The topic of mental health is emerging as significant concern amongst college students, and social support is one of the resources that students are utilizing in order to manage their mental health. While ample research has examined and theorized about the role of social support in stress mediation, minimal literature has addressed the specific ways in which providers and forms of social support are differentially perceived by college students, more specifically by students with and without mental illness. This study collected quantitative survey data from the Hamilton College student body regarding student demographics and perceptions of social support and mental health on campus. Although perceptions of social support were not found to vary between students with and without mental illness, social support and mental illness prevalence was found to vary by race, gender, socioeconomic status, and sexual orientation. Furthermore, increased number of mental health discussants, especially discussants with similar mental health experience, was found to positively affect social support. The findings of this study build upon previous literature regarding the role of social support in mental health management and serve to expand our understanding of social support and mental illness so that support initiatives at Hamilton can be formulated and improved. Continued research into this topic is crucial to the betterment of mental health amongst college students and has implications for Hamilton College and beyond.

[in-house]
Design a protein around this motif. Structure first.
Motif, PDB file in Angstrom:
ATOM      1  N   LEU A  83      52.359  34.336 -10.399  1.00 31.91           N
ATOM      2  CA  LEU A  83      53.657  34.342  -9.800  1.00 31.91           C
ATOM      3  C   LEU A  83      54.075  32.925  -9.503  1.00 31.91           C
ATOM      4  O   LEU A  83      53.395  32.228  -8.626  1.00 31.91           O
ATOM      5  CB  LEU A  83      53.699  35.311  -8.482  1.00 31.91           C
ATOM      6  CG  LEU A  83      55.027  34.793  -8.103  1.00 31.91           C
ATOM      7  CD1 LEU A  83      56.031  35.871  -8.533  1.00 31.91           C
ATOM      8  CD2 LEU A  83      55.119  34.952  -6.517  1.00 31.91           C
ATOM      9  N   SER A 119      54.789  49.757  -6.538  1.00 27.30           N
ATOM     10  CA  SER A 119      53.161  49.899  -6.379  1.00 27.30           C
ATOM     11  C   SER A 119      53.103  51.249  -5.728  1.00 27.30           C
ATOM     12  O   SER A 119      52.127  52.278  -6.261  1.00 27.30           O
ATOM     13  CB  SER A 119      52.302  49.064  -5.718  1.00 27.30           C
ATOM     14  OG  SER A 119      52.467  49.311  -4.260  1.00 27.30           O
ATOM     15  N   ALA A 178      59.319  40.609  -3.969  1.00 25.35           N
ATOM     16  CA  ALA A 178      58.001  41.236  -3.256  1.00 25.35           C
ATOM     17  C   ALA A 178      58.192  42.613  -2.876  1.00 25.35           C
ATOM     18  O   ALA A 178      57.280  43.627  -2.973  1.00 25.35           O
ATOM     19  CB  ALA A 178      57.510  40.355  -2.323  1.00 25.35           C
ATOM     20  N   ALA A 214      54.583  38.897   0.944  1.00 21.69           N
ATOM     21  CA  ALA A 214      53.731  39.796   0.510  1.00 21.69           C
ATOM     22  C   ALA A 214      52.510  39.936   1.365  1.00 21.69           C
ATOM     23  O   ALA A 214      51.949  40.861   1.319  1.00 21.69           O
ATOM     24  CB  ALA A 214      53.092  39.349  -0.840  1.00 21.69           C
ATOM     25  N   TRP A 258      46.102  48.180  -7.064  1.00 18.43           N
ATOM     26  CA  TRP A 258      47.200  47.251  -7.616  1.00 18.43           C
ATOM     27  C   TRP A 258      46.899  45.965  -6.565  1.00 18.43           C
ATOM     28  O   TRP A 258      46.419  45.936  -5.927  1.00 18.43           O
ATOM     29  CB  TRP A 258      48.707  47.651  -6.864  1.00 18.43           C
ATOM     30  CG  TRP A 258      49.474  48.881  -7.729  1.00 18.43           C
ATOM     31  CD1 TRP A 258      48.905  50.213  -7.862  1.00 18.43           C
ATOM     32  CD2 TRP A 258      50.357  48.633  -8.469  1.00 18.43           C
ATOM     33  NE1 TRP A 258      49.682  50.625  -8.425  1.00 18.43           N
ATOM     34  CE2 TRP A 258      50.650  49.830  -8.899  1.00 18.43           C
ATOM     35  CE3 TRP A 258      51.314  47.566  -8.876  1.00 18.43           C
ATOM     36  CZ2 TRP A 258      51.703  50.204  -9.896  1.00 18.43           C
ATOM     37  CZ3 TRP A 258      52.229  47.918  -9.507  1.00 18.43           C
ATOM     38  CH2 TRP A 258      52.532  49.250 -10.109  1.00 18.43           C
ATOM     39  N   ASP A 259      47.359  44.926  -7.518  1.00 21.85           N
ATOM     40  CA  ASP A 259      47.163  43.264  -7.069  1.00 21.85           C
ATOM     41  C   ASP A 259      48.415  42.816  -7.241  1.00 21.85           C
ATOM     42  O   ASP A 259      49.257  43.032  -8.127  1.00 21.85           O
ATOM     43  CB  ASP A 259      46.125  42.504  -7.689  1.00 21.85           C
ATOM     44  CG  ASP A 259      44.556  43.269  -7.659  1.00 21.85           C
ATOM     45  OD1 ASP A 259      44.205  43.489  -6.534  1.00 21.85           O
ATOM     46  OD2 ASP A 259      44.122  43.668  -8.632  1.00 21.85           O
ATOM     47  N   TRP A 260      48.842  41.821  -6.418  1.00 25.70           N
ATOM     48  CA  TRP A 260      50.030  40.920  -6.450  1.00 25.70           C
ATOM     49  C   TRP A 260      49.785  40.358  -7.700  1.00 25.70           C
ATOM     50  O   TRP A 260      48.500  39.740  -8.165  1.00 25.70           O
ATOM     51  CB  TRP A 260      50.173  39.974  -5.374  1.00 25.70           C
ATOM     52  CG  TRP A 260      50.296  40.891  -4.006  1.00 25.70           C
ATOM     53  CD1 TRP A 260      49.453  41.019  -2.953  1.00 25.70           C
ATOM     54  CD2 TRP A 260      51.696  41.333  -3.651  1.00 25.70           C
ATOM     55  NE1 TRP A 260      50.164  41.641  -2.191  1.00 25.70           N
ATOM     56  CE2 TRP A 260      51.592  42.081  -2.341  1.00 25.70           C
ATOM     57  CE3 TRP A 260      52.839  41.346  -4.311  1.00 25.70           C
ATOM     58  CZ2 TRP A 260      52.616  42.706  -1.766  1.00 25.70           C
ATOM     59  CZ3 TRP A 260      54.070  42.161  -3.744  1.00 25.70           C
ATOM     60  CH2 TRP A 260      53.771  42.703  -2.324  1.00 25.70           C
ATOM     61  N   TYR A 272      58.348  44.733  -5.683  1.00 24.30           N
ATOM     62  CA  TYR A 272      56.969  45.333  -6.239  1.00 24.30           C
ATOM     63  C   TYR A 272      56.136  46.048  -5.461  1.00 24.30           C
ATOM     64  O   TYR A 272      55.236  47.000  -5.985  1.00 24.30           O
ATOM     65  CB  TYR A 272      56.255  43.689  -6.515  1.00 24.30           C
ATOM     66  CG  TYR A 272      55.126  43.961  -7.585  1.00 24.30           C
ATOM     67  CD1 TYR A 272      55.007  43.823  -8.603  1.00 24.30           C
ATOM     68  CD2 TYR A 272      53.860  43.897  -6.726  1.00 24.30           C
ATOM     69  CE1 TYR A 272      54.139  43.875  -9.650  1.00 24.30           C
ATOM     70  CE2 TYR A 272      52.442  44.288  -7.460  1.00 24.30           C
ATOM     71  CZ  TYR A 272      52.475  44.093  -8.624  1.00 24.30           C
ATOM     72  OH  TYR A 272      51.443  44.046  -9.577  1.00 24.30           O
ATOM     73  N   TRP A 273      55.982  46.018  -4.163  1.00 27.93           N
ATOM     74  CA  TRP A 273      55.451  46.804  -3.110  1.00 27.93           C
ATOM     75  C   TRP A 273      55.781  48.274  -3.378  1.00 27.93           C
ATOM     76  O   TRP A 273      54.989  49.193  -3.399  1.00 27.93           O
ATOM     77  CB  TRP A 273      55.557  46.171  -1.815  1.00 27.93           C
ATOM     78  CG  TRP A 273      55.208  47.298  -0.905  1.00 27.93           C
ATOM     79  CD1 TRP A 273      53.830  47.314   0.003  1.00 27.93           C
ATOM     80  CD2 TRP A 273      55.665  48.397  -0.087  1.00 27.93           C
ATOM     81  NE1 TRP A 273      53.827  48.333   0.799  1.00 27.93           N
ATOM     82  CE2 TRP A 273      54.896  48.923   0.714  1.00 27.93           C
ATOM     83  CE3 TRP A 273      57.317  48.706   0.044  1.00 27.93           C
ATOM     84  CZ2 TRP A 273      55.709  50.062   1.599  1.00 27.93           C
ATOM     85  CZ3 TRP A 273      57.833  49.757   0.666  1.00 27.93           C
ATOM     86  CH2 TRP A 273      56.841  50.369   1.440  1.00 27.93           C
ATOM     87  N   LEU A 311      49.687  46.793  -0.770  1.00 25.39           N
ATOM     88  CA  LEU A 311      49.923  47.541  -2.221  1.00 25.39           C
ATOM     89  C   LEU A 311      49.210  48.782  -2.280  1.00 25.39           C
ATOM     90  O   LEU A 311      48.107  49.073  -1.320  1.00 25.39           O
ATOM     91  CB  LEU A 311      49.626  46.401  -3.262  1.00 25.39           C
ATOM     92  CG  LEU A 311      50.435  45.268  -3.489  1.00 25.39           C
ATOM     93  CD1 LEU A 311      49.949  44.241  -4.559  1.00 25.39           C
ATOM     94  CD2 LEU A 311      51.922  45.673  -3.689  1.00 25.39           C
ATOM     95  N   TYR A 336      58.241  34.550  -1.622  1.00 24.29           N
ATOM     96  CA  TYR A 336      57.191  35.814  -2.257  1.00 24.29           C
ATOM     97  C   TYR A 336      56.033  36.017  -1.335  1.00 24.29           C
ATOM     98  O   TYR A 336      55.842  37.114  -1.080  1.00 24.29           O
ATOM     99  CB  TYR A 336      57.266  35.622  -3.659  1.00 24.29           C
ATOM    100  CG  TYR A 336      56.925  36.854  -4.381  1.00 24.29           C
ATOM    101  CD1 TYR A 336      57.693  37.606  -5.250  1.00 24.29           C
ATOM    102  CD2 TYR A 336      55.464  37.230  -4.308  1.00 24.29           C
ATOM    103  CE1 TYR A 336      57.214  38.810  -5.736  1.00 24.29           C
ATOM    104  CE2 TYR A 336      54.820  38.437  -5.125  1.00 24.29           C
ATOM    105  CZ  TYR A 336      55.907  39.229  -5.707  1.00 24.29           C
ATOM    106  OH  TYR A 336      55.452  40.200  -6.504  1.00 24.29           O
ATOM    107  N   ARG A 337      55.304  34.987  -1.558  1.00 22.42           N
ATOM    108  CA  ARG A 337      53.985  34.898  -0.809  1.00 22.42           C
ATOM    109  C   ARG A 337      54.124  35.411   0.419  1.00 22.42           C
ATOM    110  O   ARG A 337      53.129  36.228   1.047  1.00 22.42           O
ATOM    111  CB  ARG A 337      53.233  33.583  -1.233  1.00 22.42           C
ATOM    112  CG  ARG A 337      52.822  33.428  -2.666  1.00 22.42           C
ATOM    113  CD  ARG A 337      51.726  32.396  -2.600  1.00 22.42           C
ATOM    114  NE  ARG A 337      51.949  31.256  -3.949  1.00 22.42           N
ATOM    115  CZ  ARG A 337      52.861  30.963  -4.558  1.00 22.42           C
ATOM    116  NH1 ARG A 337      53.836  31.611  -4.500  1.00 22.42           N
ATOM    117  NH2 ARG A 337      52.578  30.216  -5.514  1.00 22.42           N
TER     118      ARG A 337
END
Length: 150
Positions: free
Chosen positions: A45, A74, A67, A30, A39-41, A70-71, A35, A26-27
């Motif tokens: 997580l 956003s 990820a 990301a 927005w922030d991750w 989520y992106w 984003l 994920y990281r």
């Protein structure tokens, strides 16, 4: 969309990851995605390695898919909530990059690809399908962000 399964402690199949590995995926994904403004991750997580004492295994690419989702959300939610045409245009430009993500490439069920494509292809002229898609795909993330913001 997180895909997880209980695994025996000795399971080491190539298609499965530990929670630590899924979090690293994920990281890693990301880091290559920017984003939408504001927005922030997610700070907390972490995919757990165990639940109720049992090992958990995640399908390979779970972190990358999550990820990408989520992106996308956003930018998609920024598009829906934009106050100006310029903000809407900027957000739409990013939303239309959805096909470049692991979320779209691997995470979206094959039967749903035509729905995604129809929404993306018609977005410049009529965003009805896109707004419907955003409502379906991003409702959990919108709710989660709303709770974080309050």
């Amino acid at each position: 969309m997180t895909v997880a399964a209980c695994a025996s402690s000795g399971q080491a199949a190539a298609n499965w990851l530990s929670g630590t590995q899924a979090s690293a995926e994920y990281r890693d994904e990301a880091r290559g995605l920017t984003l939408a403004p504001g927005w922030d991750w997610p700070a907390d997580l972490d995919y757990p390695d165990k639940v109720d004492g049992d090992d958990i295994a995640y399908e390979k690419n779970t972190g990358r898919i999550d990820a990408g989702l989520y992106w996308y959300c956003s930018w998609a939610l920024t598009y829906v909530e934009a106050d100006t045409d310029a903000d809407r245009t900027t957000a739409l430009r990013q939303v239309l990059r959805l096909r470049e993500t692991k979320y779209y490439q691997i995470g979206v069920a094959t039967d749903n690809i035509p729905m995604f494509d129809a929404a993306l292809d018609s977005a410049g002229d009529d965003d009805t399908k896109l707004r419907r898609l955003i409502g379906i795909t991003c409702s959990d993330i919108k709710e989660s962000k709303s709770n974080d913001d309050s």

Type of Work

Thesis - Limited Access

Department or Program



Hamilton College


Bachelor of Arts

Date of Graduation


Faculty Advisor

Matthew Grace

Creative Commons License

Creative Commons License
This work is licensed under a Creative Commons Attribution-Noncommercial-No Derivative Works 4.0 License.